Strange damp problem

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I noticed a bit of a musty smell coming from my daughters bedroom as of late.

Nothing obvious so I pulled out the furniture and found this on the carpet. It was damp to the touch so I’ve cut it out and sprayed it with mould killer. In the process of letting it dry out.

Now - what is it and how did it get there?

It runs the precise length of an IKEA unit and there’s no sign of any other issues anywhere in the room.

In terms of what outside looks like - there’s another picture attached (the white stuff is ant powder and not efflorescence).

I’ve measured where the main spot was in the room to the outside wall and taken a picture of roughly there.

I definitely have a DPC, and it’s definitely not bridged.

It’s a solid concrete floor construction (no DPM under the concrete) with a cavity wall. There are no pipes in the floor at all.
 

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Might it be condensation on the wall? Possibly caused by a lack of airflow behind the unit- where the airflow is restricted.
 
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Might it be condensation on the wall? Possibly caused by a lack of airflow behind the unit- where the airflow is restricted.
Thanks - could be. It’s tracking quite far under the carpet and underlay. It’s quite well ventilated and no issues anywhere else though…
 
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Thanks - could be. It’s tracking quite far under the carpet and underlay. It’s quite well ventilated and no issues anywhere else though…

I have seen that kind of thing before. The moist air from breathing condenses and runs down the wall, and on to the carpet In the areas lacking airflow).

I am not saying that is definitely the cause.

You could try taping some bacofoil to the wall for a few days and see it it is moist first thing in the morning (once you pull the unit back out). Or put some on the floor- taped to the skirting and see if it is wet on the upper surface.
 
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I have seen that kind of thing before. The moist air from breathing condenses and runs down the wall, and on to the carpet In the areas lacking airflow).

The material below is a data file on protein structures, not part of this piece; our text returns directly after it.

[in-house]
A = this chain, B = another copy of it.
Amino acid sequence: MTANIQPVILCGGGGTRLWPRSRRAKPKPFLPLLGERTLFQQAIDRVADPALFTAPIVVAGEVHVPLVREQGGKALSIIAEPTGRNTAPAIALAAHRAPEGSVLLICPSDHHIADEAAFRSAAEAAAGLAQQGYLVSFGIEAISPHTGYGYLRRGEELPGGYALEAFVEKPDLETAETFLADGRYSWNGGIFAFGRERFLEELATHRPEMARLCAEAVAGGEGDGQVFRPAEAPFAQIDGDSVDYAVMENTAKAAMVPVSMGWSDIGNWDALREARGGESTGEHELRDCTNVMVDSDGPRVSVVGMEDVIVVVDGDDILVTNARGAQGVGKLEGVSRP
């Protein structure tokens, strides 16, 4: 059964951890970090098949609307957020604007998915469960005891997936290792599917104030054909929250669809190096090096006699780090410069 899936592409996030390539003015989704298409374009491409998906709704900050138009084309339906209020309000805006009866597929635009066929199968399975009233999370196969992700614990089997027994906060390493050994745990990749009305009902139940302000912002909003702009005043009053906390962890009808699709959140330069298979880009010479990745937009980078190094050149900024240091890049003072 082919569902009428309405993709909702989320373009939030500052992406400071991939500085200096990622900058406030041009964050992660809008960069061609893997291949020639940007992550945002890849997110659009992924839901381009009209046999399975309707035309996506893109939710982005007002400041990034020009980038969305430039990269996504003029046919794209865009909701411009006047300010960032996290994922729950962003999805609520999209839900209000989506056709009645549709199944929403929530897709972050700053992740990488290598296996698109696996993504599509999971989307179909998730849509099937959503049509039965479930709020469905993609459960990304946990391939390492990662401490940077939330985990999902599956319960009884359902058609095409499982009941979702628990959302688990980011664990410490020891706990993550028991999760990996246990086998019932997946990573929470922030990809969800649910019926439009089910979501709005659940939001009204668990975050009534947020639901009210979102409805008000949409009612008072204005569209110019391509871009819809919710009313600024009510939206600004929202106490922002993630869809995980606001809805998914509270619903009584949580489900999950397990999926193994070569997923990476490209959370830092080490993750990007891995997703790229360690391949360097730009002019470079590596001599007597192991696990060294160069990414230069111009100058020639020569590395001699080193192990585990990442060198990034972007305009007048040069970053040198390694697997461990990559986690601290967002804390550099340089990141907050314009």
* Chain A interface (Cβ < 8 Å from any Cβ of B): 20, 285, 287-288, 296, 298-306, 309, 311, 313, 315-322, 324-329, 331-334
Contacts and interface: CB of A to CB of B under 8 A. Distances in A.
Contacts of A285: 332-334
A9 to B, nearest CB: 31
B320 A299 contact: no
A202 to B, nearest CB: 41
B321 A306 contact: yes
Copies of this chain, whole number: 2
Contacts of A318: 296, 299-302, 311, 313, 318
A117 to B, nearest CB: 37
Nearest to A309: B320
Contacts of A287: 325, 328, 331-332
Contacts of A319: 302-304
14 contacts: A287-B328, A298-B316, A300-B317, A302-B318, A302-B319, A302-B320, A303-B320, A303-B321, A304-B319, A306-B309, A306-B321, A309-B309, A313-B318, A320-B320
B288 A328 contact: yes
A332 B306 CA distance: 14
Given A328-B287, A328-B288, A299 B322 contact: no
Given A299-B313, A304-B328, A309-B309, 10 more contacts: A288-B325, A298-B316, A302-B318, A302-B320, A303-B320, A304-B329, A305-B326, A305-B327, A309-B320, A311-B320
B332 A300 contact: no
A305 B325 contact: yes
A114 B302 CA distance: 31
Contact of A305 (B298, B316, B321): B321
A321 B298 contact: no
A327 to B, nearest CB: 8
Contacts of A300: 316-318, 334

I am not saying that is definitely the cause.

You could try taping some bacofoil to the wall for a few days and see it it is moist first thing in the morning (once you pull the unit back out). Or put some on the floor- taped to the skirting and see if it is wet on the upper surface.
Thanks - I’ll give it a go but I doubt I’ll get any condensation at this time of year.

Looking at how bad it is though - it wouldn’t surprise me if it’s been an issue for a long time.

In the winter, windows are literally running with it.
 
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Classic condensation.

The musty smell is mould spores. Mould only grows on fresh water from condensation.

The external damp staining may well be a separate issues cooling the wall to allow internal air to condense.
 
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Classic condensation.

The musty smell is mould spores. Mould only grows on fresh water from condensation.

The external damp staining may well be a separate issues cooling the wall to allow internal air to condense.
Cheers - very helpful.

So in terms of a solution: rip out old carpet, let it dry down thoroughly, re-carpet and remove Ikea cabinet from external wall?
 
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Is the carpet actually damp?

Typically condensation mould on furnishings may not have any detectable damp. And the condensation just reoccurs nightly